I have 164 lilies from 34 varieties and they have been flowering since early June. Every time I have a delivery, the drivers – mostly men – comment on the nice scent of the lilies as they all walk past them to get to my front door!

I showed you some of my lilies last time, here are some more flowering right now.






I haven’t written much about my fuchsias lately, I must admit after all the problems with fuchsia gall mite I got a bit fed up with them. I have placed them all on the inside of my front garden and they get watered, but that’s it. I don’t tend to them at all.

Most of them flower and look fine, some are not fine at all. My plan is to just leave them to it, those that succumb to FGM will go in the bin in late autumn, those that still look fine will be allowed to stay. This is survival of the fittest in real life.

This week we had a ferocious windy weather, the apples started dropping from the tree and I realised that many of the apples were ready to pick. Being new to apple growing, I had done a bit of research, but although the apples came off the tree very easy, the pips are yellow and not black inside. According to what I have read it should mean they actually are not ripe after all.

The apples taste sharp, but sweet, and are quite hard - I would compare them to Granny Smith – but I am no apple connoisseur. I picked those that came off easy and left the rest on the tree. Some have a red blush on one side.

And some are green all the way round. I have no idea what kind of apples they are and if they are supposed to be green, yellow or red – but some of them are quite big. And from what I have read I think last week of July must be quite early for apples to be ready to harvest, but I can’t tell you how many apples that have fallen from the tree this week, probably a whole bucket full. So I assume they are ready to be picked if they fall off easy. I never knew picking apples were so difficult though....as soon as I pick one apple, 4 or 5 from the same branch fall to the ground! Trying to catch them before they fall is almost impossible, I am not a good juggler and in any case I have only one hand as the other one is on my crutch. I don’t know what to do with all the apples, I have given away bags of them already, and my fridge is full of apples!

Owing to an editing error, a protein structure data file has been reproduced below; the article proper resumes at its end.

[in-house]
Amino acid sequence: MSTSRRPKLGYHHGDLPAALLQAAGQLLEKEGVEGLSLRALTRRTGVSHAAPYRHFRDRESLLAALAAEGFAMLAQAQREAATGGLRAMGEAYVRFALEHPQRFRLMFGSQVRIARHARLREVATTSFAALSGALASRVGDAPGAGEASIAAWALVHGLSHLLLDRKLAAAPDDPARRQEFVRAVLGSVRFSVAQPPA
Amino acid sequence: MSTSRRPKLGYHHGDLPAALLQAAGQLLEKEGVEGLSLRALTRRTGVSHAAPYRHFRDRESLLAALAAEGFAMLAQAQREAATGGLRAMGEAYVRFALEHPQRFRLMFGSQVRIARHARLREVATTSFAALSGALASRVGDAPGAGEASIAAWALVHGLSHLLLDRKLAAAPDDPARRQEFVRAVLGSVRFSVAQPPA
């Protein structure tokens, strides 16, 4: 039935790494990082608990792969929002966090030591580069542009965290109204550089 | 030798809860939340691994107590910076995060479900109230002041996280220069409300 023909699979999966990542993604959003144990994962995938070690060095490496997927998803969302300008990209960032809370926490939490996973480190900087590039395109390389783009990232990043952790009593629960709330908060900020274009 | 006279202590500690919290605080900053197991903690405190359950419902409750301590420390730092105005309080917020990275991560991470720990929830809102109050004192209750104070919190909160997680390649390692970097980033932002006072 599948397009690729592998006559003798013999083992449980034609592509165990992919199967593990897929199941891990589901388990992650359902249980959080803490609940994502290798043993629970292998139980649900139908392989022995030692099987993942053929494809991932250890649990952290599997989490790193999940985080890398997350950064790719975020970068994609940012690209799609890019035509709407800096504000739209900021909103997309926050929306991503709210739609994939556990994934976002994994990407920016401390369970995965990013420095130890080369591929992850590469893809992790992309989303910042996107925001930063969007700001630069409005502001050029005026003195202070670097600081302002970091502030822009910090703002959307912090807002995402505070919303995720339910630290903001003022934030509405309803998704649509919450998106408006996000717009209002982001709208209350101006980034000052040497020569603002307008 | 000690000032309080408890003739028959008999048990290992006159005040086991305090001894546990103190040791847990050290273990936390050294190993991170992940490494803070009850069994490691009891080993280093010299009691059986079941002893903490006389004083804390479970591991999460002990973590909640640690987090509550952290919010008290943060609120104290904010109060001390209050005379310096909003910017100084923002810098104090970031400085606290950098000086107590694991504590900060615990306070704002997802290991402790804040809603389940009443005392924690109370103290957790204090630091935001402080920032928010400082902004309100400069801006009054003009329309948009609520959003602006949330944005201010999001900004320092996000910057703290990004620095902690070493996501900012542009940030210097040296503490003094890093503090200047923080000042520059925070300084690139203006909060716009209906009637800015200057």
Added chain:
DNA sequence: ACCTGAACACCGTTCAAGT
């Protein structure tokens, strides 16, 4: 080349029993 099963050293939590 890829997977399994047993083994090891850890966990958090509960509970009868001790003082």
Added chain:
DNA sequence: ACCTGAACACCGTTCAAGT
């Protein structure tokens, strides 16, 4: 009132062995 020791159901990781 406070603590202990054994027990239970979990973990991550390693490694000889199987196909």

I also have the first cherry tomatoes ready to eat, and the plums seems ripe too, although again – I don’t really know what they are supposed to look like, if they should be uniform red, or even darker than this or if it’s normal that they are plum coloured on one side and yellow on the other. They taste nice and are soft, so I have eaten them. Many!

There are still lots of apples left on the tree, many of the smaller fruit on the inside.

And the beautiful rose climbing in the apple tree is still producing new flowers.

Here is the plumtree, lots of plums still left, with various shades of green, yellow, plum and aubergine.

In my temporary vegetable garden I am attempting to grow sweet pepper for the first time. This is two plants in the same container, the one to the right is looking nice and healthy with lots of flowers and several small peppers on already. The plant to the left has black spotted, curly leaves and is still in buds. Not sure what’s happened to it, they have got the exact same environment and same treatment from me.

Do you remember the huge hydrangea I had in my previous garden, the one up against the fence next to my big camellia? I took a few cuttings of it before moving, I have never taken cuttings of hydrangeas before and have been surprised to see how easy it was – they are already having one flower each!

I just have to show you a few dahlias before I round up, they are starting to flower and there will be many more next month, but look at this one, ‘Nuit D’Ete’. I can’t get the colours right through my camera, it is much darker, absolutely lovely.

And this one is sure to be one of my favourite dahlias, ‘Edge of Joy’.

Final flowers, my Agapanthus 'Navy Blue' spent 2 weeks from first crack of bud to fully open flower. Well worth waiting for! And there are several more flowers to come.

Final photo, my cat has found a new favourite place to sleep, in my new house he can see through the window out into the garden if he lies on top of the sofa – so that’s where he sleeps now.

I got a movie for you this month too, I know you have seen a lot of my garden through the photos, but I am sure you will get a completely different experience watching the movie. Photos can only show so much – let me invite you for a short walk through my little garden. As always, my movies are best viewed in full screen, just remember to change to HD for best quality in the bottom right corner.





I am linking this post to Helen at The Patient Gardener’s Weblog.

That was it for today, I am doing short updates via my Facebook page, if you want to keep track on what’s going on in my garden you are welcome to send me a friend request on facebook.com/helene.u.taylor
Until next time, take care.


EDIT:
If you are reading my post in a different language you are probably aware that Google sometimes throw up some hilarious translations. I often read through my post in Norwegian just to see what it will look like as I know I have Norwegian readers who use the Translate Function on the top of the page. This time Google have really done it....